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I've got the following code (here with pseudovalues for readability), where the first connection returns a lot of data (thousands of rows). SqlDataReader reads them one by one by the reader.Read() and then opens a new connection to update each row with new values:

using (SqlConnection conn = new SqlConnection(connString))
    using (SqlCommand cmd = new SqlCommand("sp1", conn))
    {
        cmd.CommandType = CommandType.StoredProcedure;
        cmd.Parameters.AddWithValue("@param1", param1);
        cmd.Connection.Open();
        using (SqlDataReader reader = cmd.ExecuteReader())
        {
            while (reader.Read())
            {
                try
                {
                    string hash= utils.SHA256.Hashing((string)reader["firstRow"], saltValue);
                    using (SqlConnection conn2 = new SqlConnection(connString))
                    using (SqlCommand cmd2 = new SqlCommand("sp2", conn2))
                    {
                        cmd2.CommandType = CommandType.StoredProcedure;
                        cmd2.Parameters.AddWithValue("@param1", param1);
                        cmd2.Parameters.AddWithValue("@param2", param2);
                        cmd2.Connection.Open();
                        cmd2.ExecuteNonQuery();
                    }
                }
                catch (SqlException ex)
                {
                    //something
                }
            }
        }
    }

but it throws an error:

[InvalidOperationException: Invalid attempt to call Read when reader is closed.]
System.Data.SqlClient.SqlDataReader.ReadInternal(Boolean setTimeout) +640
System.Data.SqlClient.SqlDataReader.Read() +9

In development environment it works fine, but here there's only a few hundred rows. It throws the error immediately, so it doesn't directly look like some kind of timeout, but hey - I don't know...

share|improve this question
    
What line does it fail on? –  CodingGorilla Nov 19 '12 at 14:40
    
When calling Read on reader. while (reader.Read()) –  Thomas Nov 19 '12 at 14:40
    
Could you just do this in SQL, in your first SPROC? –  MikeSmithDev Nov 19 '12 at 14:41
    
This code looks ok, there has to be something you're missing. Is it possible that the user executing it doesn't have permissions or something like that? –  CodingGorilla Nov 19 '12 at 14:44
    
Do this in SQL? Offhand no, since the hashing is created dynamically with some libraries... –  Thomas Nov 19 '12 at 14:45

1 Answer 1

up vote 4 down vote accepted

Don't know why it happens, but it's really a bad idea to execute queries while iterating a live connection to the same database. Keep in mind that as long as you iterate records with a DataReader, the connection is alive.

Much worse is opening then closing a connection thousands of times in a quick succession. This alone can bring any database down to its knees.

Change your logic, store the values you need in a local variable (structure doesn't matter) then use one connection only to execute all the stored procedures you need.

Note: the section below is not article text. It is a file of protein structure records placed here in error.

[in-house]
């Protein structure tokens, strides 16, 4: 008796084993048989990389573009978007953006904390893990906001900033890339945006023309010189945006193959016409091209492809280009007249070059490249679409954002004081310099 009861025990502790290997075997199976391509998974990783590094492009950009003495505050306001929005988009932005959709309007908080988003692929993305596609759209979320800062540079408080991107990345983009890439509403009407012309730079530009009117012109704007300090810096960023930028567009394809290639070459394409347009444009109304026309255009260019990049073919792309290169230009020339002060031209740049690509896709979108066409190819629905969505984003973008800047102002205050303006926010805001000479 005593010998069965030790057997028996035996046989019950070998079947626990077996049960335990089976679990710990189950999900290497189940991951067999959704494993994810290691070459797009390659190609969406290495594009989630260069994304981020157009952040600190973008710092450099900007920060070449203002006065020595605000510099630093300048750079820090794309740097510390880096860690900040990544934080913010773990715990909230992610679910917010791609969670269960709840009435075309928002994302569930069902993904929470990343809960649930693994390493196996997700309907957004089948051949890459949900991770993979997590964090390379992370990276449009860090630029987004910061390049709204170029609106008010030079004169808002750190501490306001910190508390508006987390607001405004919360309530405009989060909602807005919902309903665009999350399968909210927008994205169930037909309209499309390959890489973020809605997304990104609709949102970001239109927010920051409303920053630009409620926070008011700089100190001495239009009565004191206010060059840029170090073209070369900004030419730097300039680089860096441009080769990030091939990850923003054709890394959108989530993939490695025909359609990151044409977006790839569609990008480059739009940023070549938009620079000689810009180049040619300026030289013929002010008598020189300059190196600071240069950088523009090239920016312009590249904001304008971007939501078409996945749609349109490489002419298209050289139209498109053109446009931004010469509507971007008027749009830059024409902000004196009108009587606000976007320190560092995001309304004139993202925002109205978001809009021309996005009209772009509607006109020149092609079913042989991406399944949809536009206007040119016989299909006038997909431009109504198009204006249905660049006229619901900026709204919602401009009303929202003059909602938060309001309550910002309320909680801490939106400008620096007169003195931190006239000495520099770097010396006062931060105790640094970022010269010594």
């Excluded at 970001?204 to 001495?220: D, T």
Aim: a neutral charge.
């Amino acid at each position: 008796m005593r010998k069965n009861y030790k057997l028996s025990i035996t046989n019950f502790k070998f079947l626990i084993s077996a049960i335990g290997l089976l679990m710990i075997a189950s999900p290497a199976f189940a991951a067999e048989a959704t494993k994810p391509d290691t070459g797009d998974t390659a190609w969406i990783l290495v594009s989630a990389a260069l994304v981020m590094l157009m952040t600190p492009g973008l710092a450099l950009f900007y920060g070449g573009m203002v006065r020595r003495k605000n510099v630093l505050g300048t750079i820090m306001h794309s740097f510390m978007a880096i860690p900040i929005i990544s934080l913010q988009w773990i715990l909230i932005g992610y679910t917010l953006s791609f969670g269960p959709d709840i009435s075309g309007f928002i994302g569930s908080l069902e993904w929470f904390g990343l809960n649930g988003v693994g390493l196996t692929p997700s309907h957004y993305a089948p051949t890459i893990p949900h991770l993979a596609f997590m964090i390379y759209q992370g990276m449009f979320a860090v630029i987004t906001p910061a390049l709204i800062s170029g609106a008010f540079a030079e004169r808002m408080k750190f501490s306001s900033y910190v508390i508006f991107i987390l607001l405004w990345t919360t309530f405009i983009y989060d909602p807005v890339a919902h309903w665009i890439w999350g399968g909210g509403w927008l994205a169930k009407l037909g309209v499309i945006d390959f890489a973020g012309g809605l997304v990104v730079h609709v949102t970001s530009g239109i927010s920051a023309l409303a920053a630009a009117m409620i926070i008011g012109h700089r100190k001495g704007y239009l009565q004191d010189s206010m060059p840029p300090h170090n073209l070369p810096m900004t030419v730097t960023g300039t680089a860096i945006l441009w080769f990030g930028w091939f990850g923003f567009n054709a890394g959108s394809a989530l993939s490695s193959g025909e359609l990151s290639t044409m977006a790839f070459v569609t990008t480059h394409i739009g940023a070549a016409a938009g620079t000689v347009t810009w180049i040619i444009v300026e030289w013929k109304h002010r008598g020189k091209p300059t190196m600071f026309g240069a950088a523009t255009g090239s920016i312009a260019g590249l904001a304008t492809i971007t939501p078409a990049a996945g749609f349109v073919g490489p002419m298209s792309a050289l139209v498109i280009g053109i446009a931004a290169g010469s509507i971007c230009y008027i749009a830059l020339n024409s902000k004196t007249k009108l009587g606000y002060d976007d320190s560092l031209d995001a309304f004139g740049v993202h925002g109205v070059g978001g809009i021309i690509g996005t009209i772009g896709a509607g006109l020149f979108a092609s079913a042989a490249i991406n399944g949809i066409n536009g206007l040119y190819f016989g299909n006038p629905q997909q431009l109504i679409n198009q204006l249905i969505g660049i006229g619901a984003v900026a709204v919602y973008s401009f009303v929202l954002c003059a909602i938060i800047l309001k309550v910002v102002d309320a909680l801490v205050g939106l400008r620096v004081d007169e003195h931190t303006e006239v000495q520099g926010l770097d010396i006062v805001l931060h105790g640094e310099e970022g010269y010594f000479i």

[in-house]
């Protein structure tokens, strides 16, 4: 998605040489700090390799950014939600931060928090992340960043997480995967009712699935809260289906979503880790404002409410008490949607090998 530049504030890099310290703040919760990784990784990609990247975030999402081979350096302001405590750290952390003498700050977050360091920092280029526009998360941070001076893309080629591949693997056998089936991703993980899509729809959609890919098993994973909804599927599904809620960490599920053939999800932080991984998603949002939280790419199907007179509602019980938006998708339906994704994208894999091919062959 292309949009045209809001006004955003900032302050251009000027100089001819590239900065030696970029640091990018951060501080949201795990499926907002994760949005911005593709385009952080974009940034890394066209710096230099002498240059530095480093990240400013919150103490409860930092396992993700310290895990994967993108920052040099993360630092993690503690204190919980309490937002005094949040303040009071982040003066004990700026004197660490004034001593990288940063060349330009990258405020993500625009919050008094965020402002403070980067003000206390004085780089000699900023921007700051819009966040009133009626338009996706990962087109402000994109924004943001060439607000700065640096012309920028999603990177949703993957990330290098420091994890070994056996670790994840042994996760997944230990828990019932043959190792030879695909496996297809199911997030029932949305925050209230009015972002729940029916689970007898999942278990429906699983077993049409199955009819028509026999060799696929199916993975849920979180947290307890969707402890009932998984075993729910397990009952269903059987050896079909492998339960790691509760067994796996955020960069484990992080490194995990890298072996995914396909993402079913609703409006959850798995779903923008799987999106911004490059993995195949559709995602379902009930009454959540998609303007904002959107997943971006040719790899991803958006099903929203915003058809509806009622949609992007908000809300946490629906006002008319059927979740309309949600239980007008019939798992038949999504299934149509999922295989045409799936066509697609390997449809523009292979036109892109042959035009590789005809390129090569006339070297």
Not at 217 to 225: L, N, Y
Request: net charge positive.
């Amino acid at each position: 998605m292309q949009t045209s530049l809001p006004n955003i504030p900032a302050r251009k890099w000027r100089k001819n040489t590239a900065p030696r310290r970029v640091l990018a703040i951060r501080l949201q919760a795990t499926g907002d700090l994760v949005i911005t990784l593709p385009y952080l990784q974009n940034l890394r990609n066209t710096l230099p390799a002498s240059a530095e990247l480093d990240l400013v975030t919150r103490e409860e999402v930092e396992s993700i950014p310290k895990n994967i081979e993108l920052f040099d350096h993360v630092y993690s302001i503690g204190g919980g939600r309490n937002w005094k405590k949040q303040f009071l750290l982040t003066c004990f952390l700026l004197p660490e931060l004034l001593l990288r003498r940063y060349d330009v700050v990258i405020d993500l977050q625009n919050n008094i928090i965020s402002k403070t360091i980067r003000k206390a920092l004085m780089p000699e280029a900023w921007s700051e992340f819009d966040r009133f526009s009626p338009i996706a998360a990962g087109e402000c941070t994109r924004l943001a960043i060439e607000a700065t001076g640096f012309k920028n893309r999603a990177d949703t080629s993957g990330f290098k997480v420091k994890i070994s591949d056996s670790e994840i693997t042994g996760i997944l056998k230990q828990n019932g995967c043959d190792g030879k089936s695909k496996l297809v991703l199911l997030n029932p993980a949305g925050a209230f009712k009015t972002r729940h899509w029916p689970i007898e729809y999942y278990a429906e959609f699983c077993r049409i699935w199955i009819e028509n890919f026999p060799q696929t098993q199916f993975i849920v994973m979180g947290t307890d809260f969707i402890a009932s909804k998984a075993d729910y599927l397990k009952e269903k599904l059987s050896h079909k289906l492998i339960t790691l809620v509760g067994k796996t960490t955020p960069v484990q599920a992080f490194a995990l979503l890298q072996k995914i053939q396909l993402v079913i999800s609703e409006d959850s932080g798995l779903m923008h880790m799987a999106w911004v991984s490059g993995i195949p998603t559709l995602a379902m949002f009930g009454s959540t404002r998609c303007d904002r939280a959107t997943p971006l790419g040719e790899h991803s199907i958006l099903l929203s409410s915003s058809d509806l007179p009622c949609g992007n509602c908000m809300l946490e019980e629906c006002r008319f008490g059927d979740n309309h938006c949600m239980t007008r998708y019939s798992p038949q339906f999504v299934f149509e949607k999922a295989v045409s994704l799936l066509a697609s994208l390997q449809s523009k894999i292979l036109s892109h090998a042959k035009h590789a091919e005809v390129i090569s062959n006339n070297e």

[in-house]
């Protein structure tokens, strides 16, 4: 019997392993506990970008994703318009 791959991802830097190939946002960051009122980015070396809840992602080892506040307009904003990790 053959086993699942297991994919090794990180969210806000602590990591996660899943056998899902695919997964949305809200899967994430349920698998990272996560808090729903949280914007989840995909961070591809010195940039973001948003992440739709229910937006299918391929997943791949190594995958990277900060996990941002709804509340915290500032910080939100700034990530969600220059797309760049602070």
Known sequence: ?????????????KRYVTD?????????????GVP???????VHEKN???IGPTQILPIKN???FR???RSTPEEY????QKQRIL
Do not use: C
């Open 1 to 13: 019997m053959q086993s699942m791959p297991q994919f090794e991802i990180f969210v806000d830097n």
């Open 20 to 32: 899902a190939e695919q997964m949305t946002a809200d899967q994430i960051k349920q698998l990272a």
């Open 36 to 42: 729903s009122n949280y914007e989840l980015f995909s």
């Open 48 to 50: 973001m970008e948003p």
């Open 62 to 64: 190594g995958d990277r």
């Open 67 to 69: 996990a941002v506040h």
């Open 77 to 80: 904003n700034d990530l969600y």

For example:

using (SqlConnection conn = new SqlConnection(connString))
{
    conn.Open();

    List<string[]> values = new List<string[]>();
    using (SqlCommand cmd = new SqlCommand("sp1", conn))
    {
        cmd.CommandType = CommandType.StoredProcedure;
        cmd.Parameters.AddWithValue("@param1", param1);
        using (SqlDataReader reader = cmd.ExecuteReader())
        {
            while (reader.Read())
            {
                try
                {
                    string hash= utils.SHA256.Hashing((string)reader["firstRow"], saltValue);
                    string anotherValue = (string)reader["secondRow"];
                    values.Add(new string[] { hash, anotherValue });
                }
                catch (SqlException ex)
                {
                    //something
                }
            }
            reader.Close();
        }
    }

    if (values.Count > 0)
    {
        using (SqlCommand cmd2 = new SqlCommand("sp2", conn))
        {
            cmd2.CommandType = CommandType.StoredProcedure;
            cmd2.Parameters.AddWithValue("@param1", null);
            cmd2.Parameters.AddWithValue("@param2", null);
            values.ForEach(items =>
            {
                cmd2.Parameters["@param1"].Value = items[0];
                cmd2.Parameters["@param2"].Value = items[1];
                cmd2.ExecuteNonQuery();
            });
        }
    }
    conn.Close();
}

One connection, one command to execute all stored procedures. Really don't need more than that.

share|improve this answer
1  
"opening then closing a connection thousands" is quite cheap if you're using connection pooling. –  Damien_The_Unbeliever Nov 19 '12 at 15:04
    
Thanks. Did a little rewrite but pretty much followed this - and it worked... Still don't know about the error though, but hopefully I won't see it again! –  Thomas Nov 20 '12 at 7:45
    
Cheers @Thomas the overload on the database probably caused some internal timeout and as a result the DataReader got closed. Now that you don't create any extra overload so it won't happen. :) –  Shadow Wizard Nov 20 '12 at 7:53

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